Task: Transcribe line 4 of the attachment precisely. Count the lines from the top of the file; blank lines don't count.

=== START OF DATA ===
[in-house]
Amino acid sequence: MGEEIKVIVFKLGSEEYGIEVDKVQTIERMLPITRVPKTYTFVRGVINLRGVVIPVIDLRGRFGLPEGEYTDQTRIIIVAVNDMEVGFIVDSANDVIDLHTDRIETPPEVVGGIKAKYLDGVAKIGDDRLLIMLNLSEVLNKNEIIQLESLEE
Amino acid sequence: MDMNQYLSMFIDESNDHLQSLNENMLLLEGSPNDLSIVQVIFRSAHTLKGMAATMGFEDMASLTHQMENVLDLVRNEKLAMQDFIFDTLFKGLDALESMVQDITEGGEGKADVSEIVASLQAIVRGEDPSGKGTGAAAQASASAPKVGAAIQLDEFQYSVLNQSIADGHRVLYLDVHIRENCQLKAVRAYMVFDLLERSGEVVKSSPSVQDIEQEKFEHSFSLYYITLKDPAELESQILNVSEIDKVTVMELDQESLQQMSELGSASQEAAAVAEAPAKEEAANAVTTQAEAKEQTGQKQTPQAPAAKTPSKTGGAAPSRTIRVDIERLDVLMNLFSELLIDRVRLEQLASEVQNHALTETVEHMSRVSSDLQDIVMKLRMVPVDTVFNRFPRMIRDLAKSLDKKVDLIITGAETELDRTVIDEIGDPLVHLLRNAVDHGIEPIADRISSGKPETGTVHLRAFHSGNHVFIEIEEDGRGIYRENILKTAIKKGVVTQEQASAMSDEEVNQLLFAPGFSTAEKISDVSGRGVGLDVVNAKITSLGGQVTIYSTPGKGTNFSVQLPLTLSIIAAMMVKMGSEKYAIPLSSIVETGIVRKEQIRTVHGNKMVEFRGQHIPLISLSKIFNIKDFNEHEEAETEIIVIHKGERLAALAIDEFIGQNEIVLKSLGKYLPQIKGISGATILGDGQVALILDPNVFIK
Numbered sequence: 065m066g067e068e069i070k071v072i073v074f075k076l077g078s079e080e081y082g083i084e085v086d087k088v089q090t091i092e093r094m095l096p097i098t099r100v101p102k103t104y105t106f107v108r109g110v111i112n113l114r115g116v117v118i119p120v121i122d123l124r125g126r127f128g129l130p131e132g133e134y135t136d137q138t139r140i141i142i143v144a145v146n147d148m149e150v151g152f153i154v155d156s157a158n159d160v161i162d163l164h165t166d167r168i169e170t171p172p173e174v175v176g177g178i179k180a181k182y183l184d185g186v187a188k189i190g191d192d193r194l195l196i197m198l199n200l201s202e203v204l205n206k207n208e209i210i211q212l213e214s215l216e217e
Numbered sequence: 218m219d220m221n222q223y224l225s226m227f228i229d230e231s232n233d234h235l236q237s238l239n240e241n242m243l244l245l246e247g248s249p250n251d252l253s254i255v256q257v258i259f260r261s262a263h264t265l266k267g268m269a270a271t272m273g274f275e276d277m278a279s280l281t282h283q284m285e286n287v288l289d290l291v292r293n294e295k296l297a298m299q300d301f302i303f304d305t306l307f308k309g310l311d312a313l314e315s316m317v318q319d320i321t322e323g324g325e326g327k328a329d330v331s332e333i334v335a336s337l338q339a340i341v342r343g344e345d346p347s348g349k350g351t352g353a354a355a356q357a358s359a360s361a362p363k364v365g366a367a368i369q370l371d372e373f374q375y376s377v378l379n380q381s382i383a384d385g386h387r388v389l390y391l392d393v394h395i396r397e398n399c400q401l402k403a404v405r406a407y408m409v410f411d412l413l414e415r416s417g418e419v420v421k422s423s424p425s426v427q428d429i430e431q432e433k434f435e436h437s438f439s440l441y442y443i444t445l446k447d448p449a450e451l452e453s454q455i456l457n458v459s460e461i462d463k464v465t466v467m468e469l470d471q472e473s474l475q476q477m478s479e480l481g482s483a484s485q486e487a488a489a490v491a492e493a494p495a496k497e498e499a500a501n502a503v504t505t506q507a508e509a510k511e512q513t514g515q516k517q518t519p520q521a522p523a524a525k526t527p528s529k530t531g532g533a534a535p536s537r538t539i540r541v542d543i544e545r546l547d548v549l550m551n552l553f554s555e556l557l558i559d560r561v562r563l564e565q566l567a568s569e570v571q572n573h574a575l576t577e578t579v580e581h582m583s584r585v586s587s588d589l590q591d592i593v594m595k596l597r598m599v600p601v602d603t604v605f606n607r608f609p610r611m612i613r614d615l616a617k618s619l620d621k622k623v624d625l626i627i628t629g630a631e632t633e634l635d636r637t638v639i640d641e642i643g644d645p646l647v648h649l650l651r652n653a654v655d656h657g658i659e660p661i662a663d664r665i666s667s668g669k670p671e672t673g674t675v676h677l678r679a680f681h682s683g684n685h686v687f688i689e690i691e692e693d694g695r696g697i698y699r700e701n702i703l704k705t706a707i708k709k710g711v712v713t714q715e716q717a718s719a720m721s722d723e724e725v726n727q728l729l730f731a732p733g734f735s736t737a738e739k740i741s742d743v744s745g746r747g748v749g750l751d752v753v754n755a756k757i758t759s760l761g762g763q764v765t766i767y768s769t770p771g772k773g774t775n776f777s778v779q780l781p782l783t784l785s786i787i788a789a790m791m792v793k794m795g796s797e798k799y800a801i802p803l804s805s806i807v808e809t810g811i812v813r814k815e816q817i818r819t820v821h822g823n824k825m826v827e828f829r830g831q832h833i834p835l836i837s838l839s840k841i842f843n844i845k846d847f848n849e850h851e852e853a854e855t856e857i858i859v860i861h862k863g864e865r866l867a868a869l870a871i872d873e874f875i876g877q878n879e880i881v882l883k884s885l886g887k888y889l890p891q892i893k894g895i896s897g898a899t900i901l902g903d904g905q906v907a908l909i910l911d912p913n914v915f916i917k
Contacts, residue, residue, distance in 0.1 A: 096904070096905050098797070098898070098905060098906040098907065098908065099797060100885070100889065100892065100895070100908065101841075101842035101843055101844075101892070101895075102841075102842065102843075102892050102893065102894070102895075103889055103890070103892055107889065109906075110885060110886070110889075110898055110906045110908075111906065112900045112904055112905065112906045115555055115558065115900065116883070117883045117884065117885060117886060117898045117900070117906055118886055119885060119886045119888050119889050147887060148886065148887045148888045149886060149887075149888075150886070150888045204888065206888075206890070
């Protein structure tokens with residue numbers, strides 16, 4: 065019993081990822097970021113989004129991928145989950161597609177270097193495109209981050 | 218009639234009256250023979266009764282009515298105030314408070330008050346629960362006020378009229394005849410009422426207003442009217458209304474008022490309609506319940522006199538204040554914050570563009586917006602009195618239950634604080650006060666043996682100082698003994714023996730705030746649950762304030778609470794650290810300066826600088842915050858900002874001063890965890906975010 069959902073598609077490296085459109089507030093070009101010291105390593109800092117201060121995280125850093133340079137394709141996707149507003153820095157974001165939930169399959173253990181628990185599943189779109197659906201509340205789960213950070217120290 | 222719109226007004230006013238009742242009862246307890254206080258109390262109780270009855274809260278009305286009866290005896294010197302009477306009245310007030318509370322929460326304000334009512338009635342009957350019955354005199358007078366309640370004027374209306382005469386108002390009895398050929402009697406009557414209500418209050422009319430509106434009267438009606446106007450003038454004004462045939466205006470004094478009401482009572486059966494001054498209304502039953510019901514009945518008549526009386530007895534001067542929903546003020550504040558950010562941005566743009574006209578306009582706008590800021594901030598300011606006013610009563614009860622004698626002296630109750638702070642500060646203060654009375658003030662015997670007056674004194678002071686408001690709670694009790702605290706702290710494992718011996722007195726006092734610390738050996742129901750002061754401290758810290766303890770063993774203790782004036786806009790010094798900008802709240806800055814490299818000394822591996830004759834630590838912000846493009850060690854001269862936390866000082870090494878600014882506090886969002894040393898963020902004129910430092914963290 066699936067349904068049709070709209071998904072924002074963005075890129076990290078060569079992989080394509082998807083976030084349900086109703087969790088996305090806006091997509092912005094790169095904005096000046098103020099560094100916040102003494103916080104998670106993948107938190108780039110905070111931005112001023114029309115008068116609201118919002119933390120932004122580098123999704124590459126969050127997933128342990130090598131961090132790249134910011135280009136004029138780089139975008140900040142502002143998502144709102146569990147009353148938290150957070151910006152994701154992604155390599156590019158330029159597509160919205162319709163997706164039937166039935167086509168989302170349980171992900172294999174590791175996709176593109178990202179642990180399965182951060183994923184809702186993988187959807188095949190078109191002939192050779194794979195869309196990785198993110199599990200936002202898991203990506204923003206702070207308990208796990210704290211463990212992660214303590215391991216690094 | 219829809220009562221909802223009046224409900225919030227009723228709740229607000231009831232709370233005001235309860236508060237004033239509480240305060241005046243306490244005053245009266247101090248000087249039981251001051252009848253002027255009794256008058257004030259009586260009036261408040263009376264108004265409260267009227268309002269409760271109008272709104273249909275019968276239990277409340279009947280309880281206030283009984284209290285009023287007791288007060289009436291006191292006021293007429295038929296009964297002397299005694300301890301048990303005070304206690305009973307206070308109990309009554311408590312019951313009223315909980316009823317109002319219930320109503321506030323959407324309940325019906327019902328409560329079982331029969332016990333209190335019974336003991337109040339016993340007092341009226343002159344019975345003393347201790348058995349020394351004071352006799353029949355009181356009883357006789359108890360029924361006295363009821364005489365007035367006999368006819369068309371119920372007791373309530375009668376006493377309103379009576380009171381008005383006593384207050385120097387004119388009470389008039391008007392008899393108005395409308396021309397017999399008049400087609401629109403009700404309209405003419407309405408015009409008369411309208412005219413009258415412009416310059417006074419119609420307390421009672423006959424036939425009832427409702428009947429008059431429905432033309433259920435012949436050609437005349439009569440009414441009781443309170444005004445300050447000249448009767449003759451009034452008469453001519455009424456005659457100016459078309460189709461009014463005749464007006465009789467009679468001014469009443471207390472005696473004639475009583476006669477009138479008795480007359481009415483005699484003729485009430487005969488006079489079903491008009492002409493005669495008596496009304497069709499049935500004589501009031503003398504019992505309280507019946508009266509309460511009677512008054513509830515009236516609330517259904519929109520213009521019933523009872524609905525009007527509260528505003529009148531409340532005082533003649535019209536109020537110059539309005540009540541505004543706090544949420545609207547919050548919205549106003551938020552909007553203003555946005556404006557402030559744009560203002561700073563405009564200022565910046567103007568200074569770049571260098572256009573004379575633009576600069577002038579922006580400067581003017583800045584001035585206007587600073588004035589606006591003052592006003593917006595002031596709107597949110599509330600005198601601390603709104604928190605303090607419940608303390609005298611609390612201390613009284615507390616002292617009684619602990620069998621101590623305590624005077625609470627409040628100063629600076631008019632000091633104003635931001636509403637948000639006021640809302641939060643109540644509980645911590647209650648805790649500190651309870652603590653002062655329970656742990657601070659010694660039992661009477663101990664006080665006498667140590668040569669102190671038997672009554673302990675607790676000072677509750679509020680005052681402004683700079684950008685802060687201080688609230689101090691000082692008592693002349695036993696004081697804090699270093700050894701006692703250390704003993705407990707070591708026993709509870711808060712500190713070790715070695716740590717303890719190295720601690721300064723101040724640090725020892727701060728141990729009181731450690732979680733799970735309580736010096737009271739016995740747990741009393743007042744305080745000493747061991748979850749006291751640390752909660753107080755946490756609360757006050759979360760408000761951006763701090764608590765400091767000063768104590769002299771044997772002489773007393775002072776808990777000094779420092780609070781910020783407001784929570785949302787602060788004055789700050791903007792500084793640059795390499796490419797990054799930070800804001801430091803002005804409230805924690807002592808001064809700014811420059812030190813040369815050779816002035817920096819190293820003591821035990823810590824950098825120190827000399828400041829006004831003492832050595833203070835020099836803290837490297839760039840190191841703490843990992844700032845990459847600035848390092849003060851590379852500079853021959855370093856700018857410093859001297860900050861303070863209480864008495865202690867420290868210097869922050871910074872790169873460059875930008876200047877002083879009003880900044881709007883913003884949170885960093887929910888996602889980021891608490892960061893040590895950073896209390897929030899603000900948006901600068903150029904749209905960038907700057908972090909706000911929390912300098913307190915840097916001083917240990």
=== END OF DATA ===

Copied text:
Numbered sequence: 065m066g067e068e069i070k071v072i073v074f075k076l077g078s079e080e081y082g083i084e085v086d087k088v089q090t091i092e093r094m095l096p097i098t099r100v101p102k103t104y105t106f107v108r109g110v111i112n113l114r115g116v117v118i119p120v121i122d123l124r125g126r127f128g129l130p131e132g133e134y135t136d137q138t139r140i141i142i143v144a145v146n147d148m149e150v151g152f153i154v155d156s157a158n159d160v161i162d163l164h165t166d167r168i169e170t171p172p173e174v175v176g177g178i179k180a181k182y183l184d185g186v187a188k189i190g191d192d193r194l195l196i197m198l199n200l201s202e203v204l205n206k207n208e209i210i211q212l213e214s215l216e217e